A few months ago, a couple of young men knocked on our door during dinner time. I was about to send them away until one of them started to speak Vietnamese to me. He explained to me that he could get us a new roof from our home insurance if I let his crew inspect our roof. I couldn’t turn away a fellow Vietnamese so I agreed. They discovered that a hail storm sometimes in July had damaged our roof and they made a claim to our insurance. After they reached the deal with the insurance’s inspector, the insurance agreed to pay for our new roof as well as our shed.

Last Saturday, they came at 7:30 am and installed the new roof around 1 pm. I haven’t have a chance to go to the roof to check, but it looks good. They didn’t do the shed yet. I am hopeful that they will keep their word and come back to do it this weekend. Other than that I am satisfied with their service.

Update on November 3, 2019: Two weeks had gone by and they have not come back to do the shed. I called the Vietnamese guy last week and he he said this week. I am not going to waste my time complaining or making a big deal out of it. I am just disappointed. I also found a dozens of nail the left behind on the gutter. My wife found about a dozen on our yard. My son also found one on the driveway. Luckily, we didn’t drive our cars over it.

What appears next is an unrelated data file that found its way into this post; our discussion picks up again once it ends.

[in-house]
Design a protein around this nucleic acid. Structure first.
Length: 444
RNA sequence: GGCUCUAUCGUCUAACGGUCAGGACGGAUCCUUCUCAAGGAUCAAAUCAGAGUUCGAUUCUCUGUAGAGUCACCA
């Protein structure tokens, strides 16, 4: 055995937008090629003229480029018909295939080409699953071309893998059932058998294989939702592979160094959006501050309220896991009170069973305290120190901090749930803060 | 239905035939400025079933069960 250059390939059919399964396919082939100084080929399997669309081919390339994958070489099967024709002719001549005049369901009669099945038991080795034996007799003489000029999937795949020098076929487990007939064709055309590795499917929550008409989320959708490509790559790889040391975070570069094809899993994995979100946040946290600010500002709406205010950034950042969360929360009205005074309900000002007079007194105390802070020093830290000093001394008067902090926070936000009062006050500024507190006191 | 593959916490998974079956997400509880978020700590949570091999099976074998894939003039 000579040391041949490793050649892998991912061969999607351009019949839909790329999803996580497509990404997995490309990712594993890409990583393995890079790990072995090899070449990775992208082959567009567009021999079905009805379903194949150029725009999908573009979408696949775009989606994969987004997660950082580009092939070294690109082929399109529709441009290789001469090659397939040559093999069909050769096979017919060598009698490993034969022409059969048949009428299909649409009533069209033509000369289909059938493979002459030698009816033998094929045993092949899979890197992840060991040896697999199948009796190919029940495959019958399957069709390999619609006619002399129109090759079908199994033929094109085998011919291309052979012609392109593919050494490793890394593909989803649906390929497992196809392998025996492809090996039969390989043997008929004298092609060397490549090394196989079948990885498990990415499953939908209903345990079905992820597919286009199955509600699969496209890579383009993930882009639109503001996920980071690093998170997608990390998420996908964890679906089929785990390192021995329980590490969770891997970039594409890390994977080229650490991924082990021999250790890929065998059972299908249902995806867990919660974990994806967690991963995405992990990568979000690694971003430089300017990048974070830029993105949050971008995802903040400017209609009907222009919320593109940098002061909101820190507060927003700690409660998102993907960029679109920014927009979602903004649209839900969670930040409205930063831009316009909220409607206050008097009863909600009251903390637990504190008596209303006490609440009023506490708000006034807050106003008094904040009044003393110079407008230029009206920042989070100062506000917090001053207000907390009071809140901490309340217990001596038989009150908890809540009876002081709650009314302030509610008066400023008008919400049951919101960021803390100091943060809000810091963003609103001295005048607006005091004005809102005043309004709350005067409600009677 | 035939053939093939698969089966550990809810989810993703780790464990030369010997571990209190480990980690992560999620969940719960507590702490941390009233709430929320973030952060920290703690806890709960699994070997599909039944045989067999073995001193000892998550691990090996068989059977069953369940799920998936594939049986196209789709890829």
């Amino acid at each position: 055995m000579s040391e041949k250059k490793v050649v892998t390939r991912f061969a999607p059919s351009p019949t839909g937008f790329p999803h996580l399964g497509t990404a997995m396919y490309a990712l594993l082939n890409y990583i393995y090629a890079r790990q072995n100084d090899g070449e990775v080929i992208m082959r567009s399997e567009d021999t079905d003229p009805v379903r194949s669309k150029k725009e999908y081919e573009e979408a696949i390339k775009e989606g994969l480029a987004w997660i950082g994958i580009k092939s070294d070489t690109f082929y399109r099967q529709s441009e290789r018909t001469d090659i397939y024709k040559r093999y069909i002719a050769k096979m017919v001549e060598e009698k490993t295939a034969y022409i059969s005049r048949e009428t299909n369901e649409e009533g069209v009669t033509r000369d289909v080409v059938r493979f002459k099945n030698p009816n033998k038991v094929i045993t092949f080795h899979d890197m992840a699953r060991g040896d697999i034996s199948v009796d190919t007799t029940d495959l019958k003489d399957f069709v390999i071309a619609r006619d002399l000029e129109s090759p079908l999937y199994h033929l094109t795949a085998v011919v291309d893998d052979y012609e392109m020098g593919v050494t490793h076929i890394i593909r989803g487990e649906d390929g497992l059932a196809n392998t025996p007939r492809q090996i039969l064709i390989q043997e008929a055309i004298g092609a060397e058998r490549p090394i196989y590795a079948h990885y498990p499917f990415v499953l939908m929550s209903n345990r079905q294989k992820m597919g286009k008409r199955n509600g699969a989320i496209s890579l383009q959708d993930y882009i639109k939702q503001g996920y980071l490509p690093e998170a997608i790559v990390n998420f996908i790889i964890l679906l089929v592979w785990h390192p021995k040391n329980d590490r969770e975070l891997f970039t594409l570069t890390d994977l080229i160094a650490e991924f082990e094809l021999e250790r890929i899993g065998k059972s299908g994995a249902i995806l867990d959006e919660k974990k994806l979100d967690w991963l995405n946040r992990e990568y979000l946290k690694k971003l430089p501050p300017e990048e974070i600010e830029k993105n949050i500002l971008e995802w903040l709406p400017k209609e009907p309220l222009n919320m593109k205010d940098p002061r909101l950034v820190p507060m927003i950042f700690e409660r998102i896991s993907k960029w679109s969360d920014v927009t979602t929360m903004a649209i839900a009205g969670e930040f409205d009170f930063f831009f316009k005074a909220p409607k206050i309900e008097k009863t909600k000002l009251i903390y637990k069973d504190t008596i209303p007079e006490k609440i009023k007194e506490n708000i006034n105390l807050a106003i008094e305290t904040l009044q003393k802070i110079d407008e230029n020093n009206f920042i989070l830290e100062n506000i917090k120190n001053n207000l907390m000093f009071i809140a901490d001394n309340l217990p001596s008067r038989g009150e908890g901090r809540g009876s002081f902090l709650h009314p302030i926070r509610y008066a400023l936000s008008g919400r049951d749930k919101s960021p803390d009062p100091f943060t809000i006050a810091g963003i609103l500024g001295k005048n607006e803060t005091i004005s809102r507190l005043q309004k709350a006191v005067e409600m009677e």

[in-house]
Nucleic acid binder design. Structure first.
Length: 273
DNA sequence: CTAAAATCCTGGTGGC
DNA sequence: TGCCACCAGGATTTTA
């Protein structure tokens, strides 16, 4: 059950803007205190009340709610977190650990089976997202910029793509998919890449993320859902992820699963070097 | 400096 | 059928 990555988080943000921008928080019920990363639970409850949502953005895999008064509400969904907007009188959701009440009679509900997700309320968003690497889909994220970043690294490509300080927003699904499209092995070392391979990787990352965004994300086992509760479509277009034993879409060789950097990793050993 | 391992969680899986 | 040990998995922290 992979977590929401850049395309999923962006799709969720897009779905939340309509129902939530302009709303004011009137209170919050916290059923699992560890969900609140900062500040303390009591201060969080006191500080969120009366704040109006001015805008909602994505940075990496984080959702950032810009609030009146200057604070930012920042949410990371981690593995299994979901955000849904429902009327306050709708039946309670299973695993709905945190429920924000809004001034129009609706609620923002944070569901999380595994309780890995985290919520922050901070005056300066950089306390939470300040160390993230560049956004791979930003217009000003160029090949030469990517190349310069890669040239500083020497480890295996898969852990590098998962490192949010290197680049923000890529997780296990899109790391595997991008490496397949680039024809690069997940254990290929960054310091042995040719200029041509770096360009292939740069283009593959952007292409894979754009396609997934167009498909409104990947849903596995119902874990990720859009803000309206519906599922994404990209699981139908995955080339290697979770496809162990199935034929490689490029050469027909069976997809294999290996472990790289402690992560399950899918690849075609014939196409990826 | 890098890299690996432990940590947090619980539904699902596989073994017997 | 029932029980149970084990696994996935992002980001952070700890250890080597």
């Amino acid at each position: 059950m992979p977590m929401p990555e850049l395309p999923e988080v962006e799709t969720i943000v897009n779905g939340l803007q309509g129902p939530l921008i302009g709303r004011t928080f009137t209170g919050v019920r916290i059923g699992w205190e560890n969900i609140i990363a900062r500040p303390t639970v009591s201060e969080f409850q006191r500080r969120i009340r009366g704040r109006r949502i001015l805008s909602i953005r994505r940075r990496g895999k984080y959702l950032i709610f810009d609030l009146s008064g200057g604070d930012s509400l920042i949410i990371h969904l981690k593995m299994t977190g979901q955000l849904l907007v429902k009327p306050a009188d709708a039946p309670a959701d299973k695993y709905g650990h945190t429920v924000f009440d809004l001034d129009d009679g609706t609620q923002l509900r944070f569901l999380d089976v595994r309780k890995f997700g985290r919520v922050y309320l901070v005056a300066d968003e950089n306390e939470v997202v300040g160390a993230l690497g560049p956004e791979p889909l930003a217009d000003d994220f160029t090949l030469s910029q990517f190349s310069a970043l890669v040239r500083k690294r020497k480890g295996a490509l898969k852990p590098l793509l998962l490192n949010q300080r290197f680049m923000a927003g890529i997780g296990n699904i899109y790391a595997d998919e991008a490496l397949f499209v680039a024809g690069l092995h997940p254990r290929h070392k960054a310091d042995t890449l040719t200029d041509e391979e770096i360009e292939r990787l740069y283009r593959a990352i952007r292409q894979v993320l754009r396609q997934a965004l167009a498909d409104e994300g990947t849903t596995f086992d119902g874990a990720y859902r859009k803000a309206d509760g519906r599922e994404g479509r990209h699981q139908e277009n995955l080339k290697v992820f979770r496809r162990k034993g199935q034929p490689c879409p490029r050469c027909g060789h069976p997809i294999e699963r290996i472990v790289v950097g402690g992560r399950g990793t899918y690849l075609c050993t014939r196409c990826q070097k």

Update November 16, 2019: They finally came back to do the shed and they did a good job. I am not sure if they kept their word or they knew they wouldn’t get the second half of the payment if they didn’t finish the job. Early in the week, my insurance forwarded me the final bill they submitted claiming that the job was done, but I responded that they did not finish their job and told my insurance to hold off the payment. It turned out that the payment would go to me and I would pay the contractor. I would have refused to pay them if the job was incomplete. It’s all good now.

I recommend United Roofing & Exteriors after all.